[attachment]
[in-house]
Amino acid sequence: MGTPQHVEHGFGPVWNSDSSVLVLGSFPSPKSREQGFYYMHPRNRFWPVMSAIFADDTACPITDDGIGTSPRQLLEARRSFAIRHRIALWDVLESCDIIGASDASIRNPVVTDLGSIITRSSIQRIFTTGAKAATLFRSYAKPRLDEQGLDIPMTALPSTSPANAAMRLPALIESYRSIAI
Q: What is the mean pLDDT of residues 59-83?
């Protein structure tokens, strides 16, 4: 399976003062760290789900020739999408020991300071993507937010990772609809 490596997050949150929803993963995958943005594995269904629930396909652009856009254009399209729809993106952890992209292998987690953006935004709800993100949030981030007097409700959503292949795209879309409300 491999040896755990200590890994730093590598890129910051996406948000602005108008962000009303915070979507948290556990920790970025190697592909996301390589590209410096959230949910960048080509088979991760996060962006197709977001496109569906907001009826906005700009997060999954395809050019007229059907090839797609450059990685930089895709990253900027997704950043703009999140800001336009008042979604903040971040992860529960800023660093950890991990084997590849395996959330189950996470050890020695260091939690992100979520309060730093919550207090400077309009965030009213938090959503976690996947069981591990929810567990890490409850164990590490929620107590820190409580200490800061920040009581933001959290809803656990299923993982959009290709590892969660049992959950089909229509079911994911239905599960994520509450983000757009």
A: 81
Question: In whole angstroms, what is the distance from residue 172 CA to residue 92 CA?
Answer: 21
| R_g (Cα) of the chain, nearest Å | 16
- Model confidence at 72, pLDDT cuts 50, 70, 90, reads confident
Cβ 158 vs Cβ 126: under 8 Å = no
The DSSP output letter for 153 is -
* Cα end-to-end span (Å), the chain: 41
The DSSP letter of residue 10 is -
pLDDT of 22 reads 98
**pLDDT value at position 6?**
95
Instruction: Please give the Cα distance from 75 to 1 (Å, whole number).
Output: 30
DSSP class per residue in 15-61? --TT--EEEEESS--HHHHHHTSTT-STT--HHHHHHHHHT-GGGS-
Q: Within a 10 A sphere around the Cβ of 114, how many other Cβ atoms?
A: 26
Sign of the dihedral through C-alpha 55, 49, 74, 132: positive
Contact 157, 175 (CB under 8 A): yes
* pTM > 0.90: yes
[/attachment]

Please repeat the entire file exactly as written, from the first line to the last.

[in-house]
Amino acid sequence: MGTPQHVEHGFGPVWNSDSSVLVLGSFPSPKSREQGFYYMHPRNRFWPVMSAIFADDTACPITDDGIGTSPRQLLEARRSFAIRHRIALWDVLESCDIIGASDASIRNPVVTDLGSIITRSSIQRIFTTGAKAATLFRSYAKPRLDEQGLDIPMTALPSTSPANAAMRLPALIESYRSIAI
Q: What is the mean pLDDT of residues 59-83?
């Protein structure tokens, strides 16, 4: 399976003062760290789900020739999408020991300071993507937010990772609809 490596997050949150929803993963995958943005594995269904629930396909652009856009254009399209729809993106952890992209292998987690953006935004709800993100949030981030007097409700959503292949795209879309409300 491999040896755990200590890994730093590598890129910051996406948000602005108008962000009303915070979507948290556990920790970025190697592909996301390589590209410096959230949910960048080509088979991760996060962006197709977001496109569906907001009826906005700009997060999954395809050019007229059907090839797609450059990685930089895709990253900027997704950043703009999140800001336009008042979604903040971040992860529960800023660093950890991990084997590849395996959330189950996470050890020695260091939690992100979520309060730093919550207090400077309009965030009213938090959503976690996947069981591990929810567990890490409850164990590490929620107590820190409580200490800061920040009581933001959290809803656990299923993982959009290709590892969660049992959950089909229509079911994911239905599960994520509450983000757009």
A: 81
Question: In whole angstroms, what is the distance from residue 172 CA to residue 92 CA?
Answer: 21
| R_g (Cα) of the chain, nearest Å | 16
- Model confidence at 72, pLDDT cuts 50, 70, 90, reads confident
Cβ 158 vs Cβ 126: under 8 Å = no
The DSSP output letter for 153 is -
* Cα end-to-end span (Å), the chain: 41
The DSSP letter of residue 10 is -
pLDDT of 22 reads 98
**pLDDT value at position 6?**
95
Instruction: Please give the Cα distance from 75 to 1 (Å, whole number).
Output: 30
DSSP class per residue in 15-61? --TT--EEEEESS--HHHHHHTSTT-STT--HHHHHHHHHT-GGGS-
Q: Within a 10 A sphere around the Cβ of 114, how many other Cβ atoms?
A: 26
Sign of the dihedral through C-alpha 55, 49, 74, 132: positive
Contact 157, 175 (CB under 8 A): yes
* pTM > 0.90: yes